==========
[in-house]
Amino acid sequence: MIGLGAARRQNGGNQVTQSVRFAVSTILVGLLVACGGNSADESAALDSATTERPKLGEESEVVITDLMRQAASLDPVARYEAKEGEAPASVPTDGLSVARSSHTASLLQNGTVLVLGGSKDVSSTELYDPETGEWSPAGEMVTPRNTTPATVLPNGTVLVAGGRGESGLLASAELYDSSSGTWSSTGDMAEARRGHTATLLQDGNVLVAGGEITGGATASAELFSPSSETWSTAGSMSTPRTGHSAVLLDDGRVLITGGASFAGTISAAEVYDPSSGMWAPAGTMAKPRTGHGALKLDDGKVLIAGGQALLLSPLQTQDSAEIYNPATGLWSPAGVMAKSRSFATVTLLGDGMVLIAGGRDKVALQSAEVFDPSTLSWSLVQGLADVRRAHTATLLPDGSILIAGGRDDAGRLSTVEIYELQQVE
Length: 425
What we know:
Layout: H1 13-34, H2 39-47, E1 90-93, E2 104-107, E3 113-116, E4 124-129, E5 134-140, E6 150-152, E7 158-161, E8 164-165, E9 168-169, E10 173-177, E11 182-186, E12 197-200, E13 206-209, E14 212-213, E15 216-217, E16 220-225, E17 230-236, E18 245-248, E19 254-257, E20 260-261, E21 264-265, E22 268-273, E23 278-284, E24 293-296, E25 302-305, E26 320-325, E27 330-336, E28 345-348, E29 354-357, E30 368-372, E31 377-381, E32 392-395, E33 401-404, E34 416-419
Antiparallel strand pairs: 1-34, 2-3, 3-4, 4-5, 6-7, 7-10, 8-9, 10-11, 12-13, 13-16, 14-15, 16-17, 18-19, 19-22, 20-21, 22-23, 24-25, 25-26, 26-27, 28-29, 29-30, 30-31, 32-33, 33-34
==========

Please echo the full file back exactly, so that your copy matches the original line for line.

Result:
[in-house]
Amino acid sequence: MIGLGAARRQNGGNQVTQSVRFAVSTILVGLLVACGGNSADESAALDSATTERPKLGEESEVVITDLMRQAASLDPVARYEAKEGEAPASVPTDGLSVARSSHTASLLQNGTVLVLGGSKDVSSTELYDPETGEWSPAGEMVTPRNTTPATVLPNGTVLVAGGRGESGLLASAELYDSSSGTWSSTGDMAEARRGHTATLLQDGNVLVAGGEITGGATASAELFSPSSETWSTAGSMSTPRTGHSAVLLDDGRVLITGGASFAGTISAAEVYDPSSGMWAPAGTMAKPRTGHGALKLDDGKVLIAGGQALLLSPLQTQDSAEIYNPATGLWSPAGVMAKSRSFATVTLLGDGMVLIAGGRDKVALQSAEVFDPSTLSWSLVQGLADVRRAHTATLLPDGSILIAGGRDDAGRLSTVEIYELQQVE
Length: 425
What we know:
Layout: H1 13-34, H2 39-47, E1 90-93, E2 104-107, E3 113-116, E4 124-129, E5 134-140, E6 150-152, E7 158-161, E8 164-165, E9 168-169, E10 173-177, E11 182-186, E12 197-200, E13 206-209, E14 212-213, E15 216-217, E16 220-225, E17 230-236, E18 245-248, E19 254-257, E20 260-261, E21 264-265, E22 268-273, E23 278-284, E24 293-296, E25 302-305, E26 320-325, E27 330-336, E28 345-348, E29 354-357, E30 368-372, E31 377-381, E32 392-395, E33 401-404, E34 416-419
Antiparallel strand pairs: 1-34, 2-3, 3-4, 4-5, 6-7, 7-10, 8-9, 10-11, 12-13, 13-16, 14-15, 16-17, 18-19, 19-22, 20-21, 22-23, 24-25, 25-26, 26-27, 28-29, 29-30, 30-31, 32-33, 33-34